Regina has to go to
class the next evening and she asks us if we want to look after Rory.
With no effort we play, read, eat dinner, clean a diaper and bring
Rory to bed and the three hours fly by. What a lovely girl, that
does not talk yet, but seems to understand everything.
November 16, 2012,
Sioux Falls, South Dakota USA
From Sioux Falls we drive westward throughout the state of
South Dakota to a number of National Parks and tourist attractions.
As we drive along Mitchell, we cannot resist to visit
the corn palace. Palace might be a bit big word, but this
building is plastered with corn kernels, grains and grasses. This
has been done since 1892 and each year the murals have a different
theme. This time it has to do with sports. Inside it appears to be a
basketball arena. Too cheesy for words, but always nice to have just
seen. And the only appropriate thing to eat after a visit is a bowl
of creamy corn chowder made by Regina.
Badlands National Park covers an area of nearly
250 thousand acres
and consists of ravines, canyons and hoodoos, - caused by water and
wind erosion - interspersed with large areas of grass prairies. The
Badlands is a dry area with little vegetation and soft rocks.
Therefore, the steep slopes with loose, dry soil, slick clay, and
deep sand look like a moon like landscape. I did not expect wildlife in this dry desert area, but we
are surprised by a Rough-legged Hawk, mule deer, pronghorn, prairie
dogs, coyote, bison and a badger.
We get up early to
photograph the sunrise over the rough terrain and despite the thick
layer of clouds on the horizon, we are pretty satisfied.
Next is Mount
Rushmore National Memorial: you know, those four president's heads carved out of
the rock. We drive the winding road to the place where the heads can
be seen best and read that we have to pay 12 dollar to park and you
cannot stop anywhere along the way. We think this is a rip off,
especially because the memorial is in the National Park pass and
yearly three million people come to visit. So we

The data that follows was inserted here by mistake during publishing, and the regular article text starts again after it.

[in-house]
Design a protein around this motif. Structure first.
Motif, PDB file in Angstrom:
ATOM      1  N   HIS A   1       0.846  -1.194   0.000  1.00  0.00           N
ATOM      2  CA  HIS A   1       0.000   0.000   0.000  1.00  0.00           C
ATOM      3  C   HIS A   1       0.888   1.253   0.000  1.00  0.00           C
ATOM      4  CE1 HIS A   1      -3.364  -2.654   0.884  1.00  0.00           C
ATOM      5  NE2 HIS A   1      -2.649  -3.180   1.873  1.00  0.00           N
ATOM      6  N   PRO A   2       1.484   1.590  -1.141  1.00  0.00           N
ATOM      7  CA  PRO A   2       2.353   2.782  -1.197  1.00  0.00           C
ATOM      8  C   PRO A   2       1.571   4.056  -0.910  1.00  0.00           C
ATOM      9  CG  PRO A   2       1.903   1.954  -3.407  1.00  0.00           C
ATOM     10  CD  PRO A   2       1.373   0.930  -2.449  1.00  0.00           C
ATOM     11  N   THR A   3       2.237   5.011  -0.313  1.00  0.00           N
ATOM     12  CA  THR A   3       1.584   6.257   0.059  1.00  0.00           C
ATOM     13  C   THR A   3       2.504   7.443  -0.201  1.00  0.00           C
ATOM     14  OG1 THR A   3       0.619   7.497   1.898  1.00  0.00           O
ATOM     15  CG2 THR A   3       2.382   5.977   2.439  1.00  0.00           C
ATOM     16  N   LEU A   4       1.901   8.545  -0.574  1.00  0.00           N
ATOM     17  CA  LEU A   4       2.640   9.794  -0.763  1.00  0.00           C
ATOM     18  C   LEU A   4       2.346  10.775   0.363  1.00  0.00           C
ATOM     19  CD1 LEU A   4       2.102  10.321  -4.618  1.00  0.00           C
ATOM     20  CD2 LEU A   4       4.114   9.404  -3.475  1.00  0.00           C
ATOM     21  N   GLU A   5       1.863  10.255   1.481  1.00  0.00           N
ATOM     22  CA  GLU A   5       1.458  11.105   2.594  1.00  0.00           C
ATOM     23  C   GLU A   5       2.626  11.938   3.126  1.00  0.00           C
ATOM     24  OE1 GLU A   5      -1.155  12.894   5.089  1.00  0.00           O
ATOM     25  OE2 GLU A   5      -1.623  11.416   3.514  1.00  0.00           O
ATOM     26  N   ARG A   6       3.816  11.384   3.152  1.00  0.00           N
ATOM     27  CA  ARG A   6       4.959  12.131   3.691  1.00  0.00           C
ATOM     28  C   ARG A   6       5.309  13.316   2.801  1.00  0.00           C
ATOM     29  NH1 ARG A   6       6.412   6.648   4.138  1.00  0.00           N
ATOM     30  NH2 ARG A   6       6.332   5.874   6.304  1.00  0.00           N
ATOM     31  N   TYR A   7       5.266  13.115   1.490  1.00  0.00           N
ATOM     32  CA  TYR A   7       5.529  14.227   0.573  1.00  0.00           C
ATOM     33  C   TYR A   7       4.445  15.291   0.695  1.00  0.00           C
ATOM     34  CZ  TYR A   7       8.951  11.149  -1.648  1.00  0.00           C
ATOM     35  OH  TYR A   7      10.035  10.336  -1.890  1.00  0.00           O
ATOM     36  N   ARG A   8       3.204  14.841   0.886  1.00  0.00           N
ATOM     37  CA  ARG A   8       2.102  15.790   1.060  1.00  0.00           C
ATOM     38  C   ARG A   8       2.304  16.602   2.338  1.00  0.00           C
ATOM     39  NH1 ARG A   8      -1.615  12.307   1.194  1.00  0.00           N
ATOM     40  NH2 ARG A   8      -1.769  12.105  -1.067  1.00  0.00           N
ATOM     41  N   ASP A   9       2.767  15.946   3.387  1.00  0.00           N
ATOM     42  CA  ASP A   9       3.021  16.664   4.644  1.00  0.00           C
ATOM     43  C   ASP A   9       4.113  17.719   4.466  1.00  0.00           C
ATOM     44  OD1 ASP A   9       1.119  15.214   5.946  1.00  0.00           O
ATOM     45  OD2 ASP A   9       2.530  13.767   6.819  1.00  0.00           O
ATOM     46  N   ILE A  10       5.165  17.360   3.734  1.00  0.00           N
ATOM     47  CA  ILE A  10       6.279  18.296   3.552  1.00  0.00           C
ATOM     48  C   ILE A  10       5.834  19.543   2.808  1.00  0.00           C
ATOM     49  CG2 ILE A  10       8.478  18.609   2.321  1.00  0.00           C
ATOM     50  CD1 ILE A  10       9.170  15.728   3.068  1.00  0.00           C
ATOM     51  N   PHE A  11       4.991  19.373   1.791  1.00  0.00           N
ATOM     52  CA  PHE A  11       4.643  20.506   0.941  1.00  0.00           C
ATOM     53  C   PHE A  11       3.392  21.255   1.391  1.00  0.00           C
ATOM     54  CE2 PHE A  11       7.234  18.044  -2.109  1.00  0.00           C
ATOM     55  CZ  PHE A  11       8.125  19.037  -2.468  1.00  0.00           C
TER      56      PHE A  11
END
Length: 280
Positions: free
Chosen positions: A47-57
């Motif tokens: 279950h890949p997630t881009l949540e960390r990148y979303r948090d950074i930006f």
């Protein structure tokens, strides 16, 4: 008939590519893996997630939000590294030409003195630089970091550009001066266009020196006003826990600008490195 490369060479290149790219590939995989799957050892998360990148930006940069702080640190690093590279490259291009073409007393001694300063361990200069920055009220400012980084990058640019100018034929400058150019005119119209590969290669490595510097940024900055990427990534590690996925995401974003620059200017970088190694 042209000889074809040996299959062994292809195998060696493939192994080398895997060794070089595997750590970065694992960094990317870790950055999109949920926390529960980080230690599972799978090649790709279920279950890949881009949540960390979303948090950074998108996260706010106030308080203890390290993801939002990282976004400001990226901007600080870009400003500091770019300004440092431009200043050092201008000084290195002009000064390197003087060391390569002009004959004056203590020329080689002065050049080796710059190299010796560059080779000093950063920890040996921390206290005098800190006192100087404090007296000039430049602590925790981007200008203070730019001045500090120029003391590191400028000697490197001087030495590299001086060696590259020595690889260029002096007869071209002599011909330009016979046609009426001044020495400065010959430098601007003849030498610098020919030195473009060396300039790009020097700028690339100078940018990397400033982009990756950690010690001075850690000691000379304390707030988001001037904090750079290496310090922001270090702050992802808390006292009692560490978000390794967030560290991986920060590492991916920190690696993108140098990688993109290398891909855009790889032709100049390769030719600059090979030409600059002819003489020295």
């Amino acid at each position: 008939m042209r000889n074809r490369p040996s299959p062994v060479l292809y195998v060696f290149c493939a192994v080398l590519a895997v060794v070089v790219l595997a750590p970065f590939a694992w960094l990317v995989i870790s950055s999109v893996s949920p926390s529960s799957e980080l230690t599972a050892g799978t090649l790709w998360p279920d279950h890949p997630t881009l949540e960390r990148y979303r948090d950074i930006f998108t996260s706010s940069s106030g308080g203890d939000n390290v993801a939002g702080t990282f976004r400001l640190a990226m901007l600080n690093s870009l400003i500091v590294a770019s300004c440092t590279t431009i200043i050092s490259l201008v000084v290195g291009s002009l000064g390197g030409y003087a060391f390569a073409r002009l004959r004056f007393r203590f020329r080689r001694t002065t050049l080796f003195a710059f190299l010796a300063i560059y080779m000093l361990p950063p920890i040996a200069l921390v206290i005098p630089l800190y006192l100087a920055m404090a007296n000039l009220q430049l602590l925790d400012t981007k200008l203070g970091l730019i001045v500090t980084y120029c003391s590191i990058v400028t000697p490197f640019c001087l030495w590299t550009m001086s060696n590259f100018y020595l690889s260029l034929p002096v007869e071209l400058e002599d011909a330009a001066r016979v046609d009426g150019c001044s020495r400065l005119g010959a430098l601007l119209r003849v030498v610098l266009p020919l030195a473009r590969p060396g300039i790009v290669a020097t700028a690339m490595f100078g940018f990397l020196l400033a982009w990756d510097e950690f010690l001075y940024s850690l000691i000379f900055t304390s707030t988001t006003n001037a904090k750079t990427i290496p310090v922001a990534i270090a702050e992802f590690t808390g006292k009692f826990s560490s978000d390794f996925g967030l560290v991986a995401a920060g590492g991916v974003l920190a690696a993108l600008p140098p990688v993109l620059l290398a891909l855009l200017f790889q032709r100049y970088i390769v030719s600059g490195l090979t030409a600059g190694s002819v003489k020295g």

drive back and forth a few times, while I shoot pictures from the
truck window. Seen it, done it, this was on PJ’s bucket list.
2012, Wind Cave N. P. South Dakota USA
At the end of the afternoon we arrive at the Wind Cave
National Park and we missed the last cave tour of the
day. So we camp at the campground for only U$ 6. Great,
these are the nice prices.
The next morning we get ready for the tour. It will be only
50°F (10°C) in the caves, so I dress in multiple layers, my
hat, gloves and sturdy walking shoes. Well, only the latter
are necessary, because the caves have a humidity of 90% and
soon I am sweating like an otter.
Because there are only have two couples in the tour, the
guide asks us if he can take us for a longer tour, two hours. Perfect! The walk begins with an elevator and
that makes me giggle: PJ always asks whether a hike is
wheelchair accessible, because he is does not like hiking.
The caves are
impressive, you will not find any stalagmites or stalactites here, but
creations called ‘boxwork’. It reminds me of delicate lace, sugar or
2012, Douglas Wyoming USA
From South Dakota and Wyoming we drive into
the town Douglas where we can camp for free in a city
park with an RV dump, water (the water is everywhere already
closed for the winter, so we are urgently in need water),
Wi-Fi and even hot showers! I shoot a beautiful sunset while
mule deer frolic through the grass.
November 21, 2012,
Longmont Colorado USA
We have contacted Bob and SueAnn in Colorado, which we
affectionately call our fossil friends. B & SA have no house, but
are living in a trailer parked next to the Baptist Church and School
in Longmont. Also them we first met in 2000 in Hyder,
Alaska. But with this couple we have traveled extensively to
photograph wildlife. For example Moose in Alaska, Grizzly Bears in